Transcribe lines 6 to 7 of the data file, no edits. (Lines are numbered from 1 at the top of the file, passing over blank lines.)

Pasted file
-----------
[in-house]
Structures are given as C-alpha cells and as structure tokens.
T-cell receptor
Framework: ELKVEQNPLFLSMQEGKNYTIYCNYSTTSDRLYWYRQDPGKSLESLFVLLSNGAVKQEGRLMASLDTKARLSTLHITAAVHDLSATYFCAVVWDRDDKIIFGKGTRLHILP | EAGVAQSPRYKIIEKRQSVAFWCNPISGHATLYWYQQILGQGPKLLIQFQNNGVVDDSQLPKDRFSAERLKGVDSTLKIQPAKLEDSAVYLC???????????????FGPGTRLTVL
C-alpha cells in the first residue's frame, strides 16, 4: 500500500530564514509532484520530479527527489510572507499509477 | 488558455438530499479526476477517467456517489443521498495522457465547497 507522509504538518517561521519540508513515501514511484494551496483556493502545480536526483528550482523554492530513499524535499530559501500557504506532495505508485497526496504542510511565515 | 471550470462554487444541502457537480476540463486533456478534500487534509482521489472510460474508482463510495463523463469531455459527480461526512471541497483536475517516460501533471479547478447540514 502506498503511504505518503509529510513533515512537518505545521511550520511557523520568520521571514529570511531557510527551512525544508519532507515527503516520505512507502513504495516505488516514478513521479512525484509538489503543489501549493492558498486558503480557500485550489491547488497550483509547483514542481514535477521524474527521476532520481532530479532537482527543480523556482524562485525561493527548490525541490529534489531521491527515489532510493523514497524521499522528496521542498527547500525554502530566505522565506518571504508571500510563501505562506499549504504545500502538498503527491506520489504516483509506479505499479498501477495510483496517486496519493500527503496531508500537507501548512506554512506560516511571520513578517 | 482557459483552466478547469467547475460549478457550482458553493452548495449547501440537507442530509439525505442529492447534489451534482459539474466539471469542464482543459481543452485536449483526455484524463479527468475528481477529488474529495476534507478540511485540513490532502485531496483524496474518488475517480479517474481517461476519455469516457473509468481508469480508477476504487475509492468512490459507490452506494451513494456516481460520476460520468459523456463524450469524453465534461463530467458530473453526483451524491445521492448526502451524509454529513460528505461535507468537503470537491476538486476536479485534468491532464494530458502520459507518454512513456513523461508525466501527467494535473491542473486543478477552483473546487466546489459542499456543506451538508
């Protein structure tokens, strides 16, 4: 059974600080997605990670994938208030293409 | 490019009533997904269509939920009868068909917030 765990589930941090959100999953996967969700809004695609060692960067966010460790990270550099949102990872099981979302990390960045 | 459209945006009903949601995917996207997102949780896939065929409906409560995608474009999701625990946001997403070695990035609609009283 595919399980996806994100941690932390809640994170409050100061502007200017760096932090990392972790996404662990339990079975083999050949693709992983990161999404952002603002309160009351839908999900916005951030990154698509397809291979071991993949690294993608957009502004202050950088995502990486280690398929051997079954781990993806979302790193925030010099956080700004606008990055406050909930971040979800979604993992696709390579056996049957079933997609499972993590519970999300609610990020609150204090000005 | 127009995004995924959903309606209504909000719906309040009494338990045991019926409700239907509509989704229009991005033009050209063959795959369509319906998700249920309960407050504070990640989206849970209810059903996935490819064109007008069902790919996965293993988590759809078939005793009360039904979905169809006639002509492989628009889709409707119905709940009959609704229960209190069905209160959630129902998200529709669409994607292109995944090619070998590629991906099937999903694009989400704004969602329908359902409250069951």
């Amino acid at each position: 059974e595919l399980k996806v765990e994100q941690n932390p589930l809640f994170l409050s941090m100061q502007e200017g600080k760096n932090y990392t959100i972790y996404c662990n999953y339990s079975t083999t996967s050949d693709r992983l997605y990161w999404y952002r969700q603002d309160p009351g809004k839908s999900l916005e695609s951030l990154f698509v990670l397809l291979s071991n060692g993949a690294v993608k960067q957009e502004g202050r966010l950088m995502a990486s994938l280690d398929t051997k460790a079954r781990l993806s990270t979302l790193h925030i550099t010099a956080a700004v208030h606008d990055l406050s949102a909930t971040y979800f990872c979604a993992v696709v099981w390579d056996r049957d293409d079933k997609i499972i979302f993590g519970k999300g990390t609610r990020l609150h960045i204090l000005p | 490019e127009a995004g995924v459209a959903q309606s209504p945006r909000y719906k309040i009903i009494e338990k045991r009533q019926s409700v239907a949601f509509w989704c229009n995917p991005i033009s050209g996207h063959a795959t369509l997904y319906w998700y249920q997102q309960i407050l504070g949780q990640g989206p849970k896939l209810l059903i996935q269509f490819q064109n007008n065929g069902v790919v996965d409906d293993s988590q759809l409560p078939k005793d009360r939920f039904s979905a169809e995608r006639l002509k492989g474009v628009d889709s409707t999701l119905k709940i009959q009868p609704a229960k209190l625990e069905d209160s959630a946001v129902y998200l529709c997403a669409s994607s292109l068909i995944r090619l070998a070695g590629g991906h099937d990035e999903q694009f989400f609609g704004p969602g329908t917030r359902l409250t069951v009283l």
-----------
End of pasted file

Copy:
């Protein structure tokens, strides 16, 4: 059974600080997605990670994938208030293409 | 490019009533997904269509939920009868068909917030 765990589930941090959100999953996967969700809004695609060692960067966010460790990270550099949102990872099981979302990390960045 | 459209945006009903949601995917996207997102949780896939065929409906409560995608474009999701625990946001997403070695990035609609009283 595919399980996806994100941690932390809640994170409050100061502007200017760096932090990392972790996404662990339990079975083999050949693709992983990161999404952002603002309160009351839908999900916005951030990154698509397809291979071991993949690294993608957009502004202050950088995502990486280690398929051997079954781990993806979302790193925030010099956080700004606008990055406050909930971040979800979604993992696709390579056996049957079933997609499972993590519970999300609610990020609150204090000005 | 127009995004995924959903309606209504909000719906309040009494338990045991019926409700239907509509989704229009991005033009050209063959795959369509319906998700249920309960407050504070990640989206849970209810059903996935490819064109007008069902790919996965293993988590759809078939005793009360039904979905169809006639002509492989628009889709409707119905709940009959609704229960209190069905209160959630129902998200529709669409994607292109995944090619070998590629991906099937999903694009989400704004969602329908359902409250069951």
């Amino acid at each position: 059974e595919l399980k996806v765990e994100q941690n932390p589930l809640f994170l409050s941090m100061q502007e200017g600080k760096n932090y990392t959100i972790y996404c662990n999953y339990s079975t083999t996967s050949d693709r992983l997605y990161w999404y952002r969700q603002d309160p009351g809004k839908s999900l916005e695609s951030l990154f698509v990670l397809l291979s071991n060692g993949a690294v993608k960067q957009e502004g202050r966010l950088m995502a990486s994938l280690d398929t051997k460790a079954r781990l993806s990270t979302l790193h925030i550099t010099a956080a700004v208030h606008d990055l406050s949102a909930t971040y979800f990872c979604a993992v696709v099981w390579d056996r049957d293409d079933k997609i499972i979302f993590g519970k999300g990390t609610r990020l609150h960045i204090l000005p | 490019e127009a995004g995924v459209a959903q309606s209504p945006r909000y719906k309040i009903i009494e338990k045991r009533q019926s409700v239907a949601f509509w989704c229009n995917p991005i033009s050209g996207h063959a795959t369509l997904y319906w998700y249920q997102q309960i407050l504070g949780q990640g989206p849970k896939l209810l059903i996935q269509f490819q064109n007008n065929g069902v790919v996965d409906d293993s988590q759809l409560p078939k005793d009360r939920f039904s979905a169809e995608r006639l002509k492989g474009v628009d889709s409707t999701l119905k709940i009959q009868p609704a229960k209190l625990e069905d209160s959630a946001v129902y998200l529709c997403a669409s994607s292109l068909i995944r090619l070998a070695g590629g991906h099937d990035e999903q694009f989400f609609g704004p969602g329908t917030r359902l409250t069951v009283l």